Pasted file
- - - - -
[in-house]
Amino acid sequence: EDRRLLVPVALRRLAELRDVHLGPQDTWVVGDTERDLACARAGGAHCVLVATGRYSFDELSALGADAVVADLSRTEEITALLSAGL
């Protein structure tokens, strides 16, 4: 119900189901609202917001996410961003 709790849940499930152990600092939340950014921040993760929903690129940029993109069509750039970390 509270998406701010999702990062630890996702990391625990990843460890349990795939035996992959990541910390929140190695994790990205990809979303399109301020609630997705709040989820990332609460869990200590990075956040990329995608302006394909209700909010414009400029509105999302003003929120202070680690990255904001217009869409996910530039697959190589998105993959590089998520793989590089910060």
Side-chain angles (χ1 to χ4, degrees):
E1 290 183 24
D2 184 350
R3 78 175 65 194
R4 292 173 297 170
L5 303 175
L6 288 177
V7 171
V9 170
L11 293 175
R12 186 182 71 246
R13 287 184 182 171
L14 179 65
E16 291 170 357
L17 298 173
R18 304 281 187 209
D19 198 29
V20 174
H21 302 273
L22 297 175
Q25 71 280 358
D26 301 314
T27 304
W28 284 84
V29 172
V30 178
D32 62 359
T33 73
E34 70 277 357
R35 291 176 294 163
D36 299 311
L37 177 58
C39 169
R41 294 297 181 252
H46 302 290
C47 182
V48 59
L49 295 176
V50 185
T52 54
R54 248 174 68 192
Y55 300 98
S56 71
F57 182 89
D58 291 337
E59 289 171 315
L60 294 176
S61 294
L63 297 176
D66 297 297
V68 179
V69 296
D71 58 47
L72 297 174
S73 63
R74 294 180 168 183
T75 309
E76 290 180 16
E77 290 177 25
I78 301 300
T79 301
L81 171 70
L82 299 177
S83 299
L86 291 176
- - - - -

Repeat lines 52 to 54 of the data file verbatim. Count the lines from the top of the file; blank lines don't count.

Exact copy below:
L63 297 176
D66 297 297
V68 179